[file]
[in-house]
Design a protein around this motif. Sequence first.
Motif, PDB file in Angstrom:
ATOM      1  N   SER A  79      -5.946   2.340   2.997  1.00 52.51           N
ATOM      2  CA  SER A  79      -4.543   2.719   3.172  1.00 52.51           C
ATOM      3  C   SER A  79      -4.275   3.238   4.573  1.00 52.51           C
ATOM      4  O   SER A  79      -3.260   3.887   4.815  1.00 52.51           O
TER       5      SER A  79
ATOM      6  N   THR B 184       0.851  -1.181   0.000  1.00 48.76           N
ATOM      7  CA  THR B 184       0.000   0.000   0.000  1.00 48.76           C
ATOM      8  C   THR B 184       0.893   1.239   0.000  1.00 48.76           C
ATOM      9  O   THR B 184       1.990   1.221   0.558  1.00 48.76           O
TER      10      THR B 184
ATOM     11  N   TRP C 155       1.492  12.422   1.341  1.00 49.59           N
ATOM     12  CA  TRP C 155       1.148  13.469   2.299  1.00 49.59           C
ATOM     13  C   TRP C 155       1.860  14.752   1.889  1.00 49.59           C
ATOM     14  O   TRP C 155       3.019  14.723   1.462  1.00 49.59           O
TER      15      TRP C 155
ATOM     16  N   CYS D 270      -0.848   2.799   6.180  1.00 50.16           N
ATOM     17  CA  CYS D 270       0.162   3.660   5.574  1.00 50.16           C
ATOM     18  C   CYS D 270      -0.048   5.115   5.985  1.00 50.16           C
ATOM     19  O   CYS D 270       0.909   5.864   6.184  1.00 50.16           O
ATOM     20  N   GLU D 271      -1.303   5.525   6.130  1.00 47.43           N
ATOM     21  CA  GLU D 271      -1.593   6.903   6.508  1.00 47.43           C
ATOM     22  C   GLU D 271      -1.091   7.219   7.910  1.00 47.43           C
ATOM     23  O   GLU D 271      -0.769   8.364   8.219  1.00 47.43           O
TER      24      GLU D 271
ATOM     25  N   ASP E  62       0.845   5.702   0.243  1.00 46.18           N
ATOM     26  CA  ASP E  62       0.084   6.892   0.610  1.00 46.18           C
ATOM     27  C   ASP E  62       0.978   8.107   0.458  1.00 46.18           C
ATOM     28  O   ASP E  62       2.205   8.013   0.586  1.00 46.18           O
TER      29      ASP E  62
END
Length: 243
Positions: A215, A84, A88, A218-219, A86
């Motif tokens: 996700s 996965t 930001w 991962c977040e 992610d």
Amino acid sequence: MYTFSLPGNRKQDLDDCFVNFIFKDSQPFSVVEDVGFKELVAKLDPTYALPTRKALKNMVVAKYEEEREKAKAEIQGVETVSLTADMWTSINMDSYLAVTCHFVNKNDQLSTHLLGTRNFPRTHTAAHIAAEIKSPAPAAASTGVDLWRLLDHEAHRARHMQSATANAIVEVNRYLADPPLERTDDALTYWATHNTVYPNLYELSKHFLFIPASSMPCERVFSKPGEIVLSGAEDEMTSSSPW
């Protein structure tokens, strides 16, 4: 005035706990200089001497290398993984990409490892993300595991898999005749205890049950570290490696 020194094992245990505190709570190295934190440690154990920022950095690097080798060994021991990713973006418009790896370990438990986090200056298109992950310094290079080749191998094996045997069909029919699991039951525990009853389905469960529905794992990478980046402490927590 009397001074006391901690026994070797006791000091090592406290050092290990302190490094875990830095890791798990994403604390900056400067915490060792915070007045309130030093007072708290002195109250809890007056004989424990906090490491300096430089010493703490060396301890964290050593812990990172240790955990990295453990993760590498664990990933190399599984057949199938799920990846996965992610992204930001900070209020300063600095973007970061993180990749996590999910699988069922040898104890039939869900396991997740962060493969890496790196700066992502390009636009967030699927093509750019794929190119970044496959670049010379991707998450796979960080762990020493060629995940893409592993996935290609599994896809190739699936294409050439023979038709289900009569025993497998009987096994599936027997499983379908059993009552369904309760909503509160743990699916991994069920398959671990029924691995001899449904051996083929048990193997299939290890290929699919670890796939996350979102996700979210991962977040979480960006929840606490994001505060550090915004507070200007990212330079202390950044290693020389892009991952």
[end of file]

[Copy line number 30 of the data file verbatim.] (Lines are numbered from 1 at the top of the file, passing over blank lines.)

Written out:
ATOM     27  C   ASP E  62       0.978   8.107   0.458  1.00 46.18           C